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U.K. rail strike brings transit chaos, unions clash with Boris Johnson



Last-minute talks Monday couldn’t prevent the strikes, which union bosses say will be followed by more labor action on the railways and across other sectors.

Network Rail, which runs the country’s rail system alongside private train operators, is offering a 3% pay rise, with more promised if the unions agree to new working practices, including the use of drones to inspect broken rails.

The Conservative government says it is not involved in the talks but has warned against big pay rises and blamed the union for refusing to modernize.

Johnson was scathing in his reaction to the strikes, accusing the union of “driving away commuters who ultimately support the jobs of rail workers, whilst also impacting businesses and communities across the country.”

The public appears divided over the issue. A survey from the polling company YouGov earlier this month showed around half of those questioned opposed the action, while just over a third supported it.

Leo Rudolph, a 36-year-old lawyer who walked to work, said he would become more disgruntled the longer the dispute holds.

“This isn’t going to be an isolated occurrence, right?” he told Reuters. “I will certainly be getting more frustrated every time this happens.”

For some, the strikes are reminiscent of the 1970s, when the country was hit by strikes from public sector and private sector workers from across different industries. It culminated in what a tabloid dubbed the “winter of discontent” — a phrase borrowed from Shakespeare’s “Richard III” — when strikes left trash piling up on the streets and bodies unburied.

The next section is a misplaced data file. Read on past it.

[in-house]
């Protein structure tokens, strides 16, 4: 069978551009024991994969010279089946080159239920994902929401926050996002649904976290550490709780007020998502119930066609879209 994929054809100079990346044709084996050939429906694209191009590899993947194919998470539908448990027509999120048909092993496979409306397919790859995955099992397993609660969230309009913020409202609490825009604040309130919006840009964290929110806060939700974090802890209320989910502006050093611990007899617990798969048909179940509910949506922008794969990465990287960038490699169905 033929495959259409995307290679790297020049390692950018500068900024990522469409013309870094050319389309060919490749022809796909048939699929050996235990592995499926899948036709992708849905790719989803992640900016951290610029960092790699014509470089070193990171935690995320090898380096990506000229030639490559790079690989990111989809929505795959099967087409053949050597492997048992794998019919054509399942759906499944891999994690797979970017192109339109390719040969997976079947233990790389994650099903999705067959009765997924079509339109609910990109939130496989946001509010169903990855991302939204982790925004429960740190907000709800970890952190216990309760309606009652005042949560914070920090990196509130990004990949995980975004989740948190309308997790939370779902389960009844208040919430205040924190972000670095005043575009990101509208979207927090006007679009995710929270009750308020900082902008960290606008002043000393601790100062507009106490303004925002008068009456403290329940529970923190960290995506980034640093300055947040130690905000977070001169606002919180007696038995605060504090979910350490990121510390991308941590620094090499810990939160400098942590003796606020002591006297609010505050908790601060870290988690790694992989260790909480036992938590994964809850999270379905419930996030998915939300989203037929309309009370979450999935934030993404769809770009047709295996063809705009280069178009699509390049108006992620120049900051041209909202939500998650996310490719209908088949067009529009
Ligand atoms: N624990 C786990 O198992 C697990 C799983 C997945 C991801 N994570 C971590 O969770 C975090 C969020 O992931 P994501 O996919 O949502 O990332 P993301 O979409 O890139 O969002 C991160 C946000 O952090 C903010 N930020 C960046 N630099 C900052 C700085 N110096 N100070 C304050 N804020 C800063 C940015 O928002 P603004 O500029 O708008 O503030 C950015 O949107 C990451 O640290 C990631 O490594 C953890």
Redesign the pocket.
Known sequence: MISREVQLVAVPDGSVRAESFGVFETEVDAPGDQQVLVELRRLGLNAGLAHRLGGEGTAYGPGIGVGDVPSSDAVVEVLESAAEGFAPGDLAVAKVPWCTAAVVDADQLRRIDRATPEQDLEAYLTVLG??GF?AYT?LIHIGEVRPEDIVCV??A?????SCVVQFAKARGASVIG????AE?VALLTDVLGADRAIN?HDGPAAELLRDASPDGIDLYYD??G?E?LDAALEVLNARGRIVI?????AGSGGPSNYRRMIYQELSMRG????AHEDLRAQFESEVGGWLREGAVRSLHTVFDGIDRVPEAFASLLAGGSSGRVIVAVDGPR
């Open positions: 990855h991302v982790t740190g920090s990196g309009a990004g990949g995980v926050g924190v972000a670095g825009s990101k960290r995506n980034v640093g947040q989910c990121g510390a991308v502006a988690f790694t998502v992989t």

Lynch said Tuesday that his union’s walkout could signal the start of a similar wave of action: Teachers, medics and waste disposal workers are considering strikes in the coming months. Criminal barristers, who still in court wear the wig and gowns of the 17th century, this week agreed to strike over cuts to government payments toward defendants’ legal costs.

Strikes are not uncommon in Britain but union membership has roughly halved since the 1970s, while the labor movement’s power has been heavily curbed by government reforms.

Reuters and Associated Press contributed.

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